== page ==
Through albums like FEEL (1995) {*5} – featuring a cover of STEVIE WONDER’s `Maybe Your Baby’, ADDICTION (1996) {*6} – a writing collaboration with Marc Bonilla, and THE WAY IT IS (1999) {*6} – with JJ Marsh, Steve Salas and Bonilla in tow, hair-metal was back in vogue. Always deep in his heart and soul, HUGHES did manage to release a live album, A TRIBUTE TO TOMMY BOLIN (1999) {*6}, recorded “with friends” in ‘97 and dedicated of course to long-time deceased DEEP PURPLE axeman.
Prolific as a session man and solo artist extraordinaire since he found a new lease of life away from the manic drug scene, HUGHES melded funk and grandiose rock via subsequent sets like
RETURN OF CRYSTAL KARMA (2000) {*5} – (aka “R.O.C.K.”) double-CD, and BUILDING THE MACHINE (2001) {*6}, the latter extended his horizons beyond funky rock and into progressive jazz territory; example his re-take of RARE EARTH’s `I Just Want To Celebrate’.
A new phase in Glenn’s ever-revolving music career emerged with another DEEP PURPLE castoff group, HTP (or the HUGHES-TURNER PROJECT) alongside former RAINBOW, YNGWIE MALMSTEEN frontman Joe Lynn Turner. For three albums: HTP (2002) {*5}, LIVE IN TOKYO (2002) {*6} – a treat for Purple/RAINBOW acolytes – and the disappointing HTP 2 (2003) {*4}, Glenn was at least getting his never-say-die hard-rock message across to the world.
Solo-wise, HUGHES and long-term co-songsmith Marsh continued to push the right buttons on albums such as SONGS IN THE KEY OF ROCK (2003) {*6}, another concert double SOULFULLY LIVE IN THE CITY OF ANGELS (2004) {*7}, SOUL MOVER (2005) {*7} – featuring drummer Chad Smith from the RED HOT CHILI PEPPERS – and MUSIC FOR THE DIVINE (2006) {*6}, the latter highlighting an effective cover of The MOODY BLUES’ `Nights In White Satin’.
Hot on the heels of a LIVE IN AUSTRALIA (2007) {*6} – he was increasing popular down under, HUGHES enlisted Smith again and guitarist/co-writer Luis Maldonado on his umpteenth delivery FIRST UNDERGROUND NUCLEAR KITCHEN (2008) {*7}. Underrated in some quarters, highly-praised in others, the climactic soulful funk-n-roll of `Satellite’, Where’s There’s A Will’ and `Imperfection’, were bread-and-butter to an older generation of die-hard heavies.
Not content with having too many of his fingers placed in the proverbial pie-oven, HUGHES struck out on yet another worthwhile Kevin Shirley-produced rock alliance in BLACK COUNTRY COMMUNION. Together with star-player JOE BONAMASSA (on guitar), seasoned drummer Jason Bonham (son of LED ZEPPELIN’s John Bonham) and keyboard player Derek Sherinian (from DREAM THEATER), the supergroup quartet delivered an eponymous set, BLACK COUNTRY COMMUNION (2010) {*7}. Between BONAMASSA and HUGHES (mainly the former though), songs in the key of `Black Country’, the 11-minute `Too Late For The Sun’, `Down Again’ and a cover of TRAPEZE track `Medusa’, were more than reminiscent of Zeppelin at their most potent. Not content on resting on their laurels, the BCC were again attacking the senses plus both the UK and US charts via BLACK COUNTRY COMMUNION 2 (2011) {*7}; Glenn had indeed come full circle while re-gaining the respect of critics and fans (old and new) alike.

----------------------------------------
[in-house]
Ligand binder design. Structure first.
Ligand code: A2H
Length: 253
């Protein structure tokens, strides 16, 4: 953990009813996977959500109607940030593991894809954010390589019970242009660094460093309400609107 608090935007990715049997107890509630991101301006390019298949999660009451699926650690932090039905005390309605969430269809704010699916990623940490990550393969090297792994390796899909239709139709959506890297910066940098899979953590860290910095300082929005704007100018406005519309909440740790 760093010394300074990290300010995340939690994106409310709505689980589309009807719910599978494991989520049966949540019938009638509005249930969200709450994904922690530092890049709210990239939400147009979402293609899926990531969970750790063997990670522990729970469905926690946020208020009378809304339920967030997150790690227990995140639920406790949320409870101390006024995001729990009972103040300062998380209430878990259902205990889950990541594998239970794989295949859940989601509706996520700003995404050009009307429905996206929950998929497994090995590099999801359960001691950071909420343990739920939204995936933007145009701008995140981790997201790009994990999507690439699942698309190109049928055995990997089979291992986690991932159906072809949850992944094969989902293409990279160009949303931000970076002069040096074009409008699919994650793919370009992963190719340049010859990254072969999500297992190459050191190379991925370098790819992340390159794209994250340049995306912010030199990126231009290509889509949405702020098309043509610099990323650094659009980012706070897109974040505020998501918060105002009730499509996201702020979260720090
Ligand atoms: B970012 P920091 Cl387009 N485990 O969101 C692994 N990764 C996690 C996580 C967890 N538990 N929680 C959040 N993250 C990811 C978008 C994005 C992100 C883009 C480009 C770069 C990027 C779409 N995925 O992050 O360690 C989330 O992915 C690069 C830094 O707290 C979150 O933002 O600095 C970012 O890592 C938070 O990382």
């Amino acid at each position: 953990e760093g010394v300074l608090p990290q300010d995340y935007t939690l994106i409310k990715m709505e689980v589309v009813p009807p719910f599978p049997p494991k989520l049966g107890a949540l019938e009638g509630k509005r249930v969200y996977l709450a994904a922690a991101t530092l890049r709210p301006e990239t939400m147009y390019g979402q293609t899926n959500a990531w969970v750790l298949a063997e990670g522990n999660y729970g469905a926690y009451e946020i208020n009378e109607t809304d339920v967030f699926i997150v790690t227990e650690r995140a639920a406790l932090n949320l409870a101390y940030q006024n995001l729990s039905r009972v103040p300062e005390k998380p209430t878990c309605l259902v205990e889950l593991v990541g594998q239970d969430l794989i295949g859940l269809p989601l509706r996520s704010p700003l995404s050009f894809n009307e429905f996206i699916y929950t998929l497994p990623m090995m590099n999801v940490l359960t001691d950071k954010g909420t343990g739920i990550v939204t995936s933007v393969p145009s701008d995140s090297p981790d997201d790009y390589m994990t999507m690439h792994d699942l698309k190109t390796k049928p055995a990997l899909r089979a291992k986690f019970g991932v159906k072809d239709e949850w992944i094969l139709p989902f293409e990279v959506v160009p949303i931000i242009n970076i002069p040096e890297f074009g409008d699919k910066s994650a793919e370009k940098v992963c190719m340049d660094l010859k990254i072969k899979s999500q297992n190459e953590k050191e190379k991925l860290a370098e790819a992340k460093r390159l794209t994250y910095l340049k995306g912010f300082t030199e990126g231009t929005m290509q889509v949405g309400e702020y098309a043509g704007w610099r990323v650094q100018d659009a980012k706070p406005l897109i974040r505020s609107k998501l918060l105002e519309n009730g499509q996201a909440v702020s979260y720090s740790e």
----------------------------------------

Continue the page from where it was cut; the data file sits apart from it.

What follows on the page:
Doing even better than its predecessor, AFTERGLOW (2012) {*7} jumped into the UK Top 20 (US Top 50). While BONAMASSA’s solo career was in high ascendency, main songwriter HUGHES was able to spend quality time in the studio, developing – with the rest of the group – classic rockers such as `Big Train’, `Cry Freedom’ and the rasping title track.
On a fresh venture and roping in 23 year-old guitarist Andrew Watt and drummer Bonham, the short-lived CALIFORNIA BREED were born, releasing only one eponymous set, CALIFORNIA BREED (2014) {*6}, before Jason’s subsequent departure (replaced by Joey Castillo of QOTSA) led them to bail. Produced by Dave Cobb, the focus was on blues-styled retro hard rock, led out by `The Way’, `Sweet Tea’ and `Chemical Rain’.
Long-time disciples to the “voice of rock” GLENN HUGHES, the old school brigade were elated to see him back on track with the solo RESONATE (2016) {*7}. Augmented by Lachy Doley on Hammond organ and others including co-producer Soren Anderson and Pontus Enborg, Glenn unleashed his best take on soulful, funky metal. From the opening trio of `Heavy’, `My Town’ and the grunge-tidy `Flow’, repeat plays of the vintage veteran’s vocals were rewarding. If one had to pick an outstanding track to sit nicely among the classic rock of the day, `Let It Shine’ was surely one to playlist.
Putting animosity to one side, prime BLACK COUNTRY COMMUNION movers Glenn and Joe reconvened alongside Derek and Jason to drop a comeback set, BCCIV (2017) {*7}. Just squeezed out of a Top 100 place Stateside, their British legion of classic rock fans stood steadfast in making the record a Top 10 seller. Needless to say, comparisons to ‘Zeppelin and ‘Purple were pinned on to their coat-tails; `Collide’ (a single), `The Cove’ and paramount piece `The Crow’ cut mustard in the eyes of their followers; as was soothing anchor track, `When The Morning Comes’.
© MC Strong 1997-2001/GMD // rev-up MCS Dec2011-Nov2017